FCA became actively involved in the project just over a year ago and my first impressions when I joined the Steering Group were how welcoming everybody is and great that there is a good cross section of local authority and third sector. I also thought, gosh there's a lot of academics in this group, no offence, are we going to be reading really heavy research reports and I wonder how we are going to work together. We worked together really well. Making partnerships work can be challenging and we did make it work through consistently putting principles into practice, the principles being the good ingredients of what makes partnerships work. And these were firstly openness and trust, there was openness and trust between the partners so that conversations flowed in our monthly meetings. We shared a lot about ourselves, professional and personal experiences in our approach to food and the giving and receiving of care. Opinions were listened to with respect and I always felt safe enough to share and to offer ideas and suggestions. Secondly, shared goals and values. We agreed our shared goals and values and this was also demonstrated through some of us participating in the reflective workshops with foster carers and staff and then taking these reflections and actions back to the Steering Group. And thirdly, communication, the biggie. There was regular communication between partners using our monthly meetings, emails, phone calls and attendance at the workshops and the working groups and these were coordinated really well I thought being part of this Steering Group. And of course, Carol, Ruth, Sam and Ian were very good at encouraging us to do our homework, which involved a lot of reading over and some testing out of resources which in FCA was carried out by myself, and Fiona Shiels, who is up the back there, who led in our working groups, thank you Fiona. The involvement in the working groups also helped steer the process and make the links between the tools and resources that we have developed.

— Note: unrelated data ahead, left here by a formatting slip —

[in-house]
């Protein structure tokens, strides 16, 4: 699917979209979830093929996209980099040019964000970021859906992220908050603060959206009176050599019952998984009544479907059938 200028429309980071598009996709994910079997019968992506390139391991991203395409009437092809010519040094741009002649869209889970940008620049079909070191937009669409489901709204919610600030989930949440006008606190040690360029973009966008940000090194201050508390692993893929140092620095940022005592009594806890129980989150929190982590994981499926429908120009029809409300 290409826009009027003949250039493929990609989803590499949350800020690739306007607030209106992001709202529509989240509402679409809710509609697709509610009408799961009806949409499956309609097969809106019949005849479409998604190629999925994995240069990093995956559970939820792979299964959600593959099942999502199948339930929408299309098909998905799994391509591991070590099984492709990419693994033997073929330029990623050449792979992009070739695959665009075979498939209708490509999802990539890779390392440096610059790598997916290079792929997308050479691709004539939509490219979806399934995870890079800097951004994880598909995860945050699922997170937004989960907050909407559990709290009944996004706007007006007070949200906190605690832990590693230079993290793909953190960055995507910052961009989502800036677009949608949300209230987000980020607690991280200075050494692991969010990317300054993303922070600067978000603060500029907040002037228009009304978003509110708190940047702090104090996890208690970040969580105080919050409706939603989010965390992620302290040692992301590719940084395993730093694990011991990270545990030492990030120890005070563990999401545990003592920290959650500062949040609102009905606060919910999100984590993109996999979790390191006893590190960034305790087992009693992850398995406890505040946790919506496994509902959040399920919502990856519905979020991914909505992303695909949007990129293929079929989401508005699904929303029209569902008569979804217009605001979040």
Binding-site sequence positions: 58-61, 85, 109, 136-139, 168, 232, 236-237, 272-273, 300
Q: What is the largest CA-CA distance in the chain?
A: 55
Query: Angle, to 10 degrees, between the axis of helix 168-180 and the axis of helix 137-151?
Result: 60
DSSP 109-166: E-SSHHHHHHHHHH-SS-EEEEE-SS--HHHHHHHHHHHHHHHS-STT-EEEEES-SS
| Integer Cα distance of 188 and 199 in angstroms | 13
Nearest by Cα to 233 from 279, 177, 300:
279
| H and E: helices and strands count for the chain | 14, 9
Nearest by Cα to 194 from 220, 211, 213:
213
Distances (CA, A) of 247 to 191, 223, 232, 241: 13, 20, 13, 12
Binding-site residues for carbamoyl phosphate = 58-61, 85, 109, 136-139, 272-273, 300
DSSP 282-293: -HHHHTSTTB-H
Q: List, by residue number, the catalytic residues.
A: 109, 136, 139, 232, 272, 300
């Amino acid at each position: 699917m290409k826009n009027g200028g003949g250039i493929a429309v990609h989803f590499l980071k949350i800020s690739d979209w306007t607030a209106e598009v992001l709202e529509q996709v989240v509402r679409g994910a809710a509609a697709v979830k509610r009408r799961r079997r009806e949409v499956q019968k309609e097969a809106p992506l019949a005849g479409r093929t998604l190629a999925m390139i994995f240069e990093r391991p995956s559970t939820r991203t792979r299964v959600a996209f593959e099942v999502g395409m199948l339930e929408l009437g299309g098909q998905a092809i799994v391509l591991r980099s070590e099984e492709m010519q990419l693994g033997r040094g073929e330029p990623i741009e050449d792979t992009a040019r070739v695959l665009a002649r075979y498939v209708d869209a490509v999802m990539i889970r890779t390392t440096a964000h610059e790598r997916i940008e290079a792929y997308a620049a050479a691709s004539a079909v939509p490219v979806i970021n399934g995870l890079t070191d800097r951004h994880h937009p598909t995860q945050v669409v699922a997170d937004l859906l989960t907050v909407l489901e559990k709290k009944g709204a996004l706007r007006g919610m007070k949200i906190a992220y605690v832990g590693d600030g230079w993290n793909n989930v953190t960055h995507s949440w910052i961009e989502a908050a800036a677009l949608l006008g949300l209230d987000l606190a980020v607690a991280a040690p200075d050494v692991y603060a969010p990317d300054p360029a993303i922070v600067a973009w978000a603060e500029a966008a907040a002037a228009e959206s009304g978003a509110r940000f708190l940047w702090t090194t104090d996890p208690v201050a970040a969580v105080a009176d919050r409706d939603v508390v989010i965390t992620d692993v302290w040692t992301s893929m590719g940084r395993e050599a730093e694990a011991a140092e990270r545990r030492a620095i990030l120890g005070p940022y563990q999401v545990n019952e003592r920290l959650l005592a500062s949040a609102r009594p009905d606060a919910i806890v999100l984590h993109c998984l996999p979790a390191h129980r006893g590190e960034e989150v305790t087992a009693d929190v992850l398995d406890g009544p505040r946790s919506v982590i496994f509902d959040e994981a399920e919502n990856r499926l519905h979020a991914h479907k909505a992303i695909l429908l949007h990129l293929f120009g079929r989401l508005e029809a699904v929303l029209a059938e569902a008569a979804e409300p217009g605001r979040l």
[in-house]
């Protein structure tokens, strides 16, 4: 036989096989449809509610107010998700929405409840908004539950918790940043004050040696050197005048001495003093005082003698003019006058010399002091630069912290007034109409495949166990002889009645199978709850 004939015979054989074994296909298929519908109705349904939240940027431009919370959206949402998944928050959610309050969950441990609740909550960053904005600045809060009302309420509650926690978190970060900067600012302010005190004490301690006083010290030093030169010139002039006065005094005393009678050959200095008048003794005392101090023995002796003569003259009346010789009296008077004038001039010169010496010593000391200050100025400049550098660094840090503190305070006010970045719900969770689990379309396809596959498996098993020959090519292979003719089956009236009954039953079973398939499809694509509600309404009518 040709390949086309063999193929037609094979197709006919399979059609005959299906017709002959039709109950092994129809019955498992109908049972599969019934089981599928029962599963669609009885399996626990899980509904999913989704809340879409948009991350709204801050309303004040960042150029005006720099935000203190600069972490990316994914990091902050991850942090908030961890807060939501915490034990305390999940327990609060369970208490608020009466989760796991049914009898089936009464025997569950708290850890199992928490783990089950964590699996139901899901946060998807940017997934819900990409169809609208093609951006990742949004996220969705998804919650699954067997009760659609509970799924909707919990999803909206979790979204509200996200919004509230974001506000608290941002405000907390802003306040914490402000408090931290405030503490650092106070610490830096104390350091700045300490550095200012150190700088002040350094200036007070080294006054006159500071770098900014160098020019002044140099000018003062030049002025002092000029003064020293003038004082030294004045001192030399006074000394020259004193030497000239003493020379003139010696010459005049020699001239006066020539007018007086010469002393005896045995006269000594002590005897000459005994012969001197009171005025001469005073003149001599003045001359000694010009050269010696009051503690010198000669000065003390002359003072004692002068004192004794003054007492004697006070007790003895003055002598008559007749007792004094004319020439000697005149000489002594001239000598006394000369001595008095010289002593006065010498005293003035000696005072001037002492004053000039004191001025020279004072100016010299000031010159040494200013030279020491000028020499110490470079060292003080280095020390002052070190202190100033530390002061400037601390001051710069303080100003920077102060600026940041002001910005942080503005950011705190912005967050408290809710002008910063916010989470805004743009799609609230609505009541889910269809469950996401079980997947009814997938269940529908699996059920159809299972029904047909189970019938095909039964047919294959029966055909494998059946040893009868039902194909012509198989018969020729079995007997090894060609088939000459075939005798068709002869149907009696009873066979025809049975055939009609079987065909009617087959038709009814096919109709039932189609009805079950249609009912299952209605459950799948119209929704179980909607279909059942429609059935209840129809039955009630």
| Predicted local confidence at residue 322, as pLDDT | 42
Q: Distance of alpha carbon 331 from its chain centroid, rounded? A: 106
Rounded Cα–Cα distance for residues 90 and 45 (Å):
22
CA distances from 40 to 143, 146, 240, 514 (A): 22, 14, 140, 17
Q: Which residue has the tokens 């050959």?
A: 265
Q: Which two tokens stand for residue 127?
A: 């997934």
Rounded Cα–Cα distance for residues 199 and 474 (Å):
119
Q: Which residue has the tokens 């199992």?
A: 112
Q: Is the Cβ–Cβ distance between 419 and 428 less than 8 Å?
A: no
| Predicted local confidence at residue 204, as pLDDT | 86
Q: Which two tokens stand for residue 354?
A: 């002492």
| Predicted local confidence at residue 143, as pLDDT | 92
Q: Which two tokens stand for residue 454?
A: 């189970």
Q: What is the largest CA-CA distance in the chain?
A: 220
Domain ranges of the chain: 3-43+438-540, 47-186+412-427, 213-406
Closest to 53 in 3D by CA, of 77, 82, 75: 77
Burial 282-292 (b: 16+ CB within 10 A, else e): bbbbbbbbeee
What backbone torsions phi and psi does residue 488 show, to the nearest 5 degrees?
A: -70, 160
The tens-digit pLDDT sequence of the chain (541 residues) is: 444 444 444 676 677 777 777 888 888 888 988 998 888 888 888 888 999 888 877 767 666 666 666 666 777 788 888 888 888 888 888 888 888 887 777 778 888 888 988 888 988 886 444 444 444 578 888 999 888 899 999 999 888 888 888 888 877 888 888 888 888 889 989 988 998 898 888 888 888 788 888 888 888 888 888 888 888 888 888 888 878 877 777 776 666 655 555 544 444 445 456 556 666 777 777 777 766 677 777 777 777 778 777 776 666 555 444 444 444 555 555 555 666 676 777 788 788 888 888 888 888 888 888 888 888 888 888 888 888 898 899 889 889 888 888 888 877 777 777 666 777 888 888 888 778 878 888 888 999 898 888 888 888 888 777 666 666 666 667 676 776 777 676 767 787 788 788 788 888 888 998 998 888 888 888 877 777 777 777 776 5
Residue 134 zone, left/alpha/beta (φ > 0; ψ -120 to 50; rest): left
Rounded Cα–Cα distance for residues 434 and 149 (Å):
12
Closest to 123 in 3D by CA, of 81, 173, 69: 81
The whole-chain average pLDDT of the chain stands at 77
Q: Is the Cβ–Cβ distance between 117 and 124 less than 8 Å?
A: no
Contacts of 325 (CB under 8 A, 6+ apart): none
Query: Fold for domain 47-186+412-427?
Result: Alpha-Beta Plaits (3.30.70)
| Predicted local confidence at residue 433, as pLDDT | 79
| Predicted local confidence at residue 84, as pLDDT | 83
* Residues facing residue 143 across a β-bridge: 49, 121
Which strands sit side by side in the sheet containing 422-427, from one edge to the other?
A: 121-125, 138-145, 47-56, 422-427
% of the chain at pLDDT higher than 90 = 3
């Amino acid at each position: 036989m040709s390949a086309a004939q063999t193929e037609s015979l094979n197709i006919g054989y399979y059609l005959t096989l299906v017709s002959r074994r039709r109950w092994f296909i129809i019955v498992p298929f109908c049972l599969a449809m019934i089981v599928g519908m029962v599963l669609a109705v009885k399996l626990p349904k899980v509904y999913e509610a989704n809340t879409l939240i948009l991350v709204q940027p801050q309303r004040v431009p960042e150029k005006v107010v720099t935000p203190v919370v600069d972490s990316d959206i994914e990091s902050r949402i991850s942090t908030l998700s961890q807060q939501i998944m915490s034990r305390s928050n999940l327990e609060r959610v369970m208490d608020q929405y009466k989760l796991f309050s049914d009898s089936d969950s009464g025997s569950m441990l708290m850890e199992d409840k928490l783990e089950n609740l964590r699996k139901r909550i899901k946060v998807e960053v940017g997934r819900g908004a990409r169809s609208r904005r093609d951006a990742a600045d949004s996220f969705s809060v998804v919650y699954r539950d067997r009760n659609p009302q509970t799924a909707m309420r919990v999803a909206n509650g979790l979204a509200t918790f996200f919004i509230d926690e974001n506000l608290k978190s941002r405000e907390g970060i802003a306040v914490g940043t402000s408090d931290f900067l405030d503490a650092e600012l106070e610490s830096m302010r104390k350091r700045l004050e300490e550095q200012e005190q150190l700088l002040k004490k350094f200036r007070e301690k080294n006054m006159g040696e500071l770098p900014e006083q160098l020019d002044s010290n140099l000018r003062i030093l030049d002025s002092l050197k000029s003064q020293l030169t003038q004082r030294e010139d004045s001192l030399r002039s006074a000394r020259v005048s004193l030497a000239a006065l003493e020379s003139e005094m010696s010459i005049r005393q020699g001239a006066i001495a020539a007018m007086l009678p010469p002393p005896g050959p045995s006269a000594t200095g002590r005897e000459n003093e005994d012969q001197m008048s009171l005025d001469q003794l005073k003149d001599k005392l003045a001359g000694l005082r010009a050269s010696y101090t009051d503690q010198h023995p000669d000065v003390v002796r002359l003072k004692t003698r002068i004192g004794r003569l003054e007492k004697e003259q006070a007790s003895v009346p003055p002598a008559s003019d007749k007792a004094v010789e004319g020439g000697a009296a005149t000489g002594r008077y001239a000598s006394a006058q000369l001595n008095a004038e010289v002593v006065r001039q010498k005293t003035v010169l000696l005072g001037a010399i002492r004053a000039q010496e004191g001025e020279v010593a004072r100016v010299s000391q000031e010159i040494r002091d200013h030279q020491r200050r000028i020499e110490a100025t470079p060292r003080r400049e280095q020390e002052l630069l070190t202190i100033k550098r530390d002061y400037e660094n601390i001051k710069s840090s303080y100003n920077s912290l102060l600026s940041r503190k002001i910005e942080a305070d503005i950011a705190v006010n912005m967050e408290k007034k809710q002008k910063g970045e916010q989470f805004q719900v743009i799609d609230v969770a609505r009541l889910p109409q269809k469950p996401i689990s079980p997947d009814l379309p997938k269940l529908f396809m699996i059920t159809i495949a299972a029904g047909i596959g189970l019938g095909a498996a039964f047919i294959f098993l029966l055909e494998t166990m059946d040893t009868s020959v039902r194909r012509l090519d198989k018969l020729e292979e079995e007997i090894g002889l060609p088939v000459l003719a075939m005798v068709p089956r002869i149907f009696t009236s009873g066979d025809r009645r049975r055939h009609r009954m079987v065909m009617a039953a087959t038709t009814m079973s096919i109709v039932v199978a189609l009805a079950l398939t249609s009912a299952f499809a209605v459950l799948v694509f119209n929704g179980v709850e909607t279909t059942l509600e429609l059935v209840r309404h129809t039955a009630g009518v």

So this has been an inclusive process for me, working with a range of people from different organisations who think creatively and want to make a different in the approaches to care for looked after children and young people. In the day to day work we focus on evidence based practice, there was a lot of interest in our Steering Group shown in practice based evidence, as opposed to evidence based practice. So that's about how the foster carers and staff who were involved in the working groups and the reflective workshops, how they influenced the content and the format of what we did and helped to form some of the questions that were asked, rather than those being based on research.